The Pennsylvania Supreme Court rejected an eleventh-hour attempt by Bill Cosby to delay Tuesday's scheduled preliminary hearing in his sexual assault case.

According to published reports, Cosby's lawyers had sought a stay while the court reviewed a previous lower court ruling refusing to dismiss the criminal charges against him. The state Supreme Court rejected the motion Monday.

Cosby, 78, is accused of drugging and sexually assaulting former Temple University basketball coach Andrea Constand, now 43, in January 2004 at his home in the Philadelphia suburb of Elkins Park. He has been charged with three counts of aggravated indecent assault.

The hearing before Judge Elizabeth McHugh has been delayed since January while his attorneys fought to have the case thrown out.

RELATED: What we learned at Bill Cosby's first major hearing

USA Today reported Monday that at the end of testimony Tuesday, the judge will decide whether the prosecution, led by Montgomery County District Attorney Kevin Steele, has established reasonable cause to believe a crime was committed. If Steele is successful, the judge will set a date for trial. 

The Daily Mail reported on Monday that Cosby admitted to having sexual encounters with teenagers in court depositions given in 2005 and 2006. Therese Serignese, then 19, reportedly met Cosby in Las Vegas in 1976, and Cosby admitted that she was one of six models an agency would send his way each week. He said in his deposition he gave her and other girls quaaludes and would have sex with some of them.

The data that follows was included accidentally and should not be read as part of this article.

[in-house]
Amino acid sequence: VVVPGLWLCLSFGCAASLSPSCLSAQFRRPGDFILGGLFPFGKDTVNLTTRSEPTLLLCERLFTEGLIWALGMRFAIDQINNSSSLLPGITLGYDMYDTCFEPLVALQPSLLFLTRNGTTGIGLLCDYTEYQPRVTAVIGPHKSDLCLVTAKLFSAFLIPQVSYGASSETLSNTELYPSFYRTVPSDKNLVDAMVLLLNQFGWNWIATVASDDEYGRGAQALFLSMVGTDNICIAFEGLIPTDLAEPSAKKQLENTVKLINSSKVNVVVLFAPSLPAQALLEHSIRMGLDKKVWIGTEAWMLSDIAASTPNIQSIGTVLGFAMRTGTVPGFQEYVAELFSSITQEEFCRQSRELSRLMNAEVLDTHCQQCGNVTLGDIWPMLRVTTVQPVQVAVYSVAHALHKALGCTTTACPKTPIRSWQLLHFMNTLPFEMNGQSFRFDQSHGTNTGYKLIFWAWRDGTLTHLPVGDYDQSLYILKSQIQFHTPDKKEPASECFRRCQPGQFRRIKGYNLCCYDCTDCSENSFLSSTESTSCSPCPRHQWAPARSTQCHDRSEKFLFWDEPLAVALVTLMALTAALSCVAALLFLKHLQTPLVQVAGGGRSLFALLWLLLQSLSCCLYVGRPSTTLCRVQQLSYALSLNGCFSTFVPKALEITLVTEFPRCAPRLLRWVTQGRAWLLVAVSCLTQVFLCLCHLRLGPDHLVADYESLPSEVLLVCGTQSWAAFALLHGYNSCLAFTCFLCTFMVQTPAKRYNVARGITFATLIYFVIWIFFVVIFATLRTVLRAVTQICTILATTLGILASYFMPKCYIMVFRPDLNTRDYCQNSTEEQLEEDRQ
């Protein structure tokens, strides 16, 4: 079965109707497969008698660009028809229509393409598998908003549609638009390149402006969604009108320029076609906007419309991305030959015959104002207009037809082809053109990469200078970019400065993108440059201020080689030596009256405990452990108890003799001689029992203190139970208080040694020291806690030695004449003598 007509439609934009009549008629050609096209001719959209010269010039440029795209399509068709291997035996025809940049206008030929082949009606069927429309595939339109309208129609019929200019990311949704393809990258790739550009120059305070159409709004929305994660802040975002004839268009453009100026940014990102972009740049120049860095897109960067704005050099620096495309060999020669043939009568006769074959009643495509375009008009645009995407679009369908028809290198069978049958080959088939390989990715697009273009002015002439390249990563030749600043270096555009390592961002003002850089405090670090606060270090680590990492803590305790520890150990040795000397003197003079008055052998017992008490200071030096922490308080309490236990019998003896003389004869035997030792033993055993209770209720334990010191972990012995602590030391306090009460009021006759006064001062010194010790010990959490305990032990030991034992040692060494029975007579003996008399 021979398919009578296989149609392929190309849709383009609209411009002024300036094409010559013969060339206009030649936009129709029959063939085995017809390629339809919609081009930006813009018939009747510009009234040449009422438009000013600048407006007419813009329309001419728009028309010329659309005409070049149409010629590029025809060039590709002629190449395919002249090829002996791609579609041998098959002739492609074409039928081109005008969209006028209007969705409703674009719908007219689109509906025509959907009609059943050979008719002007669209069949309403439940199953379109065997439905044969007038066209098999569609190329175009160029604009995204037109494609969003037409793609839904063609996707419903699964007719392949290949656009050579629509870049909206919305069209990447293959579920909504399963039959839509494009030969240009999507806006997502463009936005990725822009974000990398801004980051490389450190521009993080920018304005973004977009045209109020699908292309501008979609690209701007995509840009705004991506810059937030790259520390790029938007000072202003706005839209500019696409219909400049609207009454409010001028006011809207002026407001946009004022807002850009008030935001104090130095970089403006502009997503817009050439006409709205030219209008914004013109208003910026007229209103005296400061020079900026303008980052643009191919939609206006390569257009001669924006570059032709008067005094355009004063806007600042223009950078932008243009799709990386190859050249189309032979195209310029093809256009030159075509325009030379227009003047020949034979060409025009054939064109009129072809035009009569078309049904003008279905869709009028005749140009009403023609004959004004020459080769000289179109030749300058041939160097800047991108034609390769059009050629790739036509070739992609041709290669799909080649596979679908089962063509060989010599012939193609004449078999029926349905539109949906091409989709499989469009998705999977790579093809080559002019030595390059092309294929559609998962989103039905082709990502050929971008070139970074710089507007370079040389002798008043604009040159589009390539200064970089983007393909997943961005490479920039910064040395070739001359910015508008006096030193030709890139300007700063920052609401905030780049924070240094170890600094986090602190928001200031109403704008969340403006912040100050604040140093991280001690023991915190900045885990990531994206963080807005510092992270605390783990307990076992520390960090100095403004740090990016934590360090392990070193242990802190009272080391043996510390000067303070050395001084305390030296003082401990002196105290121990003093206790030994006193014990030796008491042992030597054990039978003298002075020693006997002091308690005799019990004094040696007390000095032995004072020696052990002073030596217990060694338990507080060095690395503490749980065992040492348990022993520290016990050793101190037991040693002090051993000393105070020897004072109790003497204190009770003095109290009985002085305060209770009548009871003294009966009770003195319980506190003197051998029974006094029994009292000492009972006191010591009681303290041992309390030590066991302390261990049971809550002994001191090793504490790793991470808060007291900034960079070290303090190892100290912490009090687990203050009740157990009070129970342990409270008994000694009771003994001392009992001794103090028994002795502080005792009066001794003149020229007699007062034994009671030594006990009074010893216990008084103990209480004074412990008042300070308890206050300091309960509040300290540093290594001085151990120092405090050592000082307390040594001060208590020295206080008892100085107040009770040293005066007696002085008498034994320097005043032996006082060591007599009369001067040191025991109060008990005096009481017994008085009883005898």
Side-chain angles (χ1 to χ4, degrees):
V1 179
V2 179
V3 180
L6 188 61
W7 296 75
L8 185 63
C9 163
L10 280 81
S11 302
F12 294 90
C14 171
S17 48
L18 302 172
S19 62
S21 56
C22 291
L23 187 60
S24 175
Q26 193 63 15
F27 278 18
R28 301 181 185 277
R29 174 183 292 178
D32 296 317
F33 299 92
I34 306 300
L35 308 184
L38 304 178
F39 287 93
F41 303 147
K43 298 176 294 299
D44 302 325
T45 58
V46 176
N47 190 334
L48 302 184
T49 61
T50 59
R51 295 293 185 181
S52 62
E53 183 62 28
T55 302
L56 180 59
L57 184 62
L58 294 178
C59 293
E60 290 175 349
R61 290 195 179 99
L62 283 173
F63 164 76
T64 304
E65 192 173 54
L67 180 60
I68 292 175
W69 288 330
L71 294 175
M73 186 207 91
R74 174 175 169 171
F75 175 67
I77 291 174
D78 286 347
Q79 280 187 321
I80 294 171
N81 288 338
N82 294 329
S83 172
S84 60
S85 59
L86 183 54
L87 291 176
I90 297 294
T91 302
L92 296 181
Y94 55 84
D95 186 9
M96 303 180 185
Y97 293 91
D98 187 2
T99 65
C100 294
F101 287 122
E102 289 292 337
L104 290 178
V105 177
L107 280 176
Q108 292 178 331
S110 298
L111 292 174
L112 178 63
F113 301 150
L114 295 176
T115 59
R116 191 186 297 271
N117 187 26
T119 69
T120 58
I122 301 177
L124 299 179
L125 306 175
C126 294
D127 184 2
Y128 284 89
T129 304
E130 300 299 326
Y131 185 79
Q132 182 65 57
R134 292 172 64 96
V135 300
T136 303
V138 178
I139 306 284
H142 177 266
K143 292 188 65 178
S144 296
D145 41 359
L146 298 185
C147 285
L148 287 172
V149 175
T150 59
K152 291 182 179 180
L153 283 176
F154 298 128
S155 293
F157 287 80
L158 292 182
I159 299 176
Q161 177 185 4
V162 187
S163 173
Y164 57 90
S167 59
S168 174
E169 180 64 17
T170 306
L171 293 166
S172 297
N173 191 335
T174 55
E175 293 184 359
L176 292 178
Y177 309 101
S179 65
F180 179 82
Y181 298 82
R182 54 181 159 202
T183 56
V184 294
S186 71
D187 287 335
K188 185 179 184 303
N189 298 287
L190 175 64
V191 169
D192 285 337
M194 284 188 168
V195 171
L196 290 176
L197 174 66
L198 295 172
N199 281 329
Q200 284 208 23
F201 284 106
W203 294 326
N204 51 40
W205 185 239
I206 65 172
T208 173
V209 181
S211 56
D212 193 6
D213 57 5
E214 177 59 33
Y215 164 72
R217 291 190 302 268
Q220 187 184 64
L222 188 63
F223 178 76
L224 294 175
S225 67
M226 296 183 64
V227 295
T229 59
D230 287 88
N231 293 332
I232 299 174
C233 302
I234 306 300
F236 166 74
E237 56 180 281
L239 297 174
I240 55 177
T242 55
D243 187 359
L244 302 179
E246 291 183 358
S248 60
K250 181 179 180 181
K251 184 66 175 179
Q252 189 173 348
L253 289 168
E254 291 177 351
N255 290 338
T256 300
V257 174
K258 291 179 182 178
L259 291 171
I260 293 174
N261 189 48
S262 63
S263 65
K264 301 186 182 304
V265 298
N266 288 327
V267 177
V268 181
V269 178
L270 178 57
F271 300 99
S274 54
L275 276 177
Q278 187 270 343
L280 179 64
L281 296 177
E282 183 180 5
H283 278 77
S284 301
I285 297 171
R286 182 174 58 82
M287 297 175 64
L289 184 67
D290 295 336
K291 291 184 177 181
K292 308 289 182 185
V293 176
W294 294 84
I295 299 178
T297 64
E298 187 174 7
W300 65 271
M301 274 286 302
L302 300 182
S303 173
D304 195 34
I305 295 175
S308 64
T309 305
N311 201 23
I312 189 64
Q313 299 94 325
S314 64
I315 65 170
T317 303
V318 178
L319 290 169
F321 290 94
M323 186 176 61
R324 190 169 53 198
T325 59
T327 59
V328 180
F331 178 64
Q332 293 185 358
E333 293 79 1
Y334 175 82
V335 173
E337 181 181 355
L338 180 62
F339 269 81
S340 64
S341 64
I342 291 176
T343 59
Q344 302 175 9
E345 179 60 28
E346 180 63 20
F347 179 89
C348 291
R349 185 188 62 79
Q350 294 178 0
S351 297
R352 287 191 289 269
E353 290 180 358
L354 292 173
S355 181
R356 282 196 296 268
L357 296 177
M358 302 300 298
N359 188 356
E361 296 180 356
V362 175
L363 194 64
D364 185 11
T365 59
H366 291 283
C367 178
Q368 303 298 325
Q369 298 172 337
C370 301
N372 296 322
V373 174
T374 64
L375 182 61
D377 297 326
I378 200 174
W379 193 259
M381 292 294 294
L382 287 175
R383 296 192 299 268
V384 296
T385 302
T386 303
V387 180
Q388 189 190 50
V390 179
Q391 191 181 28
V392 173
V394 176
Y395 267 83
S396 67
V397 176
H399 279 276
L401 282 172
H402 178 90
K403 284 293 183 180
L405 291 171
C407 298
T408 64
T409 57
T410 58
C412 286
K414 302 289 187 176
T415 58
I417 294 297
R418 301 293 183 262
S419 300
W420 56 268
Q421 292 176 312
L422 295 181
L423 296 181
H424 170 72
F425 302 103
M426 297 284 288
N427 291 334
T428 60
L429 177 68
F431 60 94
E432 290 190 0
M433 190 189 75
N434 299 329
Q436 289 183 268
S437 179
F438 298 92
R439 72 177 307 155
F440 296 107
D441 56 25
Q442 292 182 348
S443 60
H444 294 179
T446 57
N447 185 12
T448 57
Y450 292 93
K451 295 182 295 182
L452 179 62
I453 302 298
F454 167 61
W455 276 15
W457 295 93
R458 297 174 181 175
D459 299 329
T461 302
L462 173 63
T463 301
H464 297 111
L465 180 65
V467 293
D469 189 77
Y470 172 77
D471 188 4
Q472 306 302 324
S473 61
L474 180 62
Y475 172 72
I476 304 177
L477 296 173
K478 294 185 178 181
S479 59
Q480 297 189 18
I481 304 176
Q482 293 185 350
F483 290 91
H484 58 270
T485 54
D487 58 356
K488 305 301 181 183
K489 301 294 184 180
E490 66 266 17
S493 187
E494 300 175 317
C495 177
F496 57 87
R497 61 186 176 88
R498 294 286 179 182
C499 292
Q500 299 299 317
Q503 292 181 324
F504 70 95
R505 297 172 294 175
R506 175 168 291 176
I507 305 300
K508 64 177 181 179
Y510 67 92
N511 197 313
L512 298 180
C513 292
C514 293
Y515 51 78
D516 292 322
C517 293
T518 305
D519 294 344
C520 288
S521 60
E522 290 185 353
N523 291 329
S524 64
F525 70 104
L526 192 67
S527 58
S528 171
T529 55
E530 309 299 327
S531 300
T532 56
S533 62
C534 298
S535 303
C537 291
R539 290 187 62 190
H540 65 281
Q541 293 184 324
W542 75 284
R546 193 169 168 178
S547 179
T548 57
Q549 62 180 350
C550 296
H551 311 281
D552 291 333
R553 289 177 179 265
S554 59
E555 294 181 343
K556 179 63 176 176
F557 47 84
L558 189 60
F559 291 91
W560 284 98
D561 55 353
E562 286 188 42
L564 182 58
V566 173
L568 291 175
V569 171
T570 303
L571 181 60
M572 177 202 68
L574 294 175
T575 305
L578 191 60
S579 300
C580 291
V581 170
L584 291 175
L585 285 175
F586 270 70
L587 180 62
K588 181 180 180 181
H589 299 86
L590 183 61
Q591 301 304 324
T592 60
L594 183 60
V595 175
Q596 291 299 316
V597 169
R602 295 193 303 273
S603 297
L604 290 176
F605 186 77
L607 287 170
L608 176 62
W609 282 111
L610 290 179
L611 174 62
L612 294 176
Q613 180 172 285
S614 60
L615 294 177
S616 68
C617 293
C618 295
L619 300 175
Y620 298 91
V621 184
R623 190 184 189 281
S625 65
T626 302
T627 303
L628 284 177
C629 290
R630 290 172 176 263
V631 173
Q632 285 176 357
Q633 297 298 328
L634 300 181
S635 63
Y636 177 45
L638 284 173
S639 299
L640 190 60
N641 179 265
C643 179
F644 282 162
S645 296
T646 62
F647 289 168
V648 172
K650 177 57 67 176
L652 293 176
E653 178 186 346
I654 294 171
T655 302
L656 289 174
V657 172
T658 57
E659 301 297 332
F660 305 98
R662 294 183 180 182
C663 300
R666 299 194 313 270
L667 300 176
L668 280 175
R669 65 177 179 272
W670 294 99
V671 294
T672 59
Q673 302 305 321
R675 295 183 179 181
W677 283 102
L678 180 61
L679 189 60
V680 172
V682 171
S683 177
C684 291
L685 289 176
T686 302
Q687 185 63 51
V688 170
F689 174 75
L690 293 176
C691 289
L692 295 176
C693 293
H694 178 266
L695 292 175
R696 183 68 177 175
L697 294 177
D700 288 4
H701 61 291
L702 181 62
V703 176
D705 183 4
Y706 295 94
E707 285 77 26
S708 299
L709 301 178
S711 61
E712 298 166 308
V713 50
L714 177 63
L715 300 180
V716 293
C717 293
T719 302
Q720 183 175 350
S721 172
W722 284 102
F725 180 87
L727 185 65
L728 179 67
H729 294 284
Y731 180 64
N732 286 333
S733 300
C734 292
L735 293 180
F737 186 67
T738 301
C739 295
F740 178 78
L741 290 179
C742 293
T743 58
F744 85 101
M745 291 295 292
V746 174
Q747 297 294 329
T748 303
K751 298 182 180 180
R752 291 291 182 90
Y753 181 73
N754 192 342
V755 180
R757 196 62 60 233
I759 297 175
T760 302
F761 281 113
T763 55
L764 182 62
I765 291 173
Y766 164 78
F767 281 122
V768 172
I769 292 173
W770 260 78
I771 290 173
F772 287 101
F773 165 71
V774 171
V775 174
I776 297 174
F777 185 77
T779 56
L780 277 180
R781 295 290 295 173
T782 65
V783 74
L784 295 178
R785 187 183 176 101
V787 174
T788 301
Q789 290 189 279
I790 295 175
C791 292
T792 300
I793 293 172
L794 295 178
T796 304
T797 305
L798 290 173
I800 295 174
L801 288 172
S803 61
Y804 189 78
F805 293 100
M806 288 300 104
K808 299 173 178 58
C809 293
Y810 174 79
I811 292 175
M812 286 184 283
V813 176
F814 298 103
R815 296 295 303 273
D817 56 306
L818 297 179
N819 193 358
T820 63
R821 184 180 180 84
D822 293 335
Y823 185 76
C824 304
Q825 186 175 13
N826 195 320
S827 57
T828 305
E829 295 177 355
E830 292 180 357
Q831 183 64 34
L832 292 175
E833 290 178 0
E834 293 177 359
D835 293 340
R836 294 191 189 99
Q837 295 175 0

These new details emerged a day before Cosby is scheduled to appear in court, and follows accusations by scores of aspiring actresses and other women that the comedian drugged and sexually assaulted them.

RELATED: Cosby appeal tossed, sexual assault case to move forward

Steele picked up the case late last year after former Montgomery County District Attorney Bruce L. Castor, Jr. declined to press charges in 2005, citing a lack of material evidence. 

Cosby is charged with aggravated indecent assault. If convicted, he could face up to 10 years behind bars.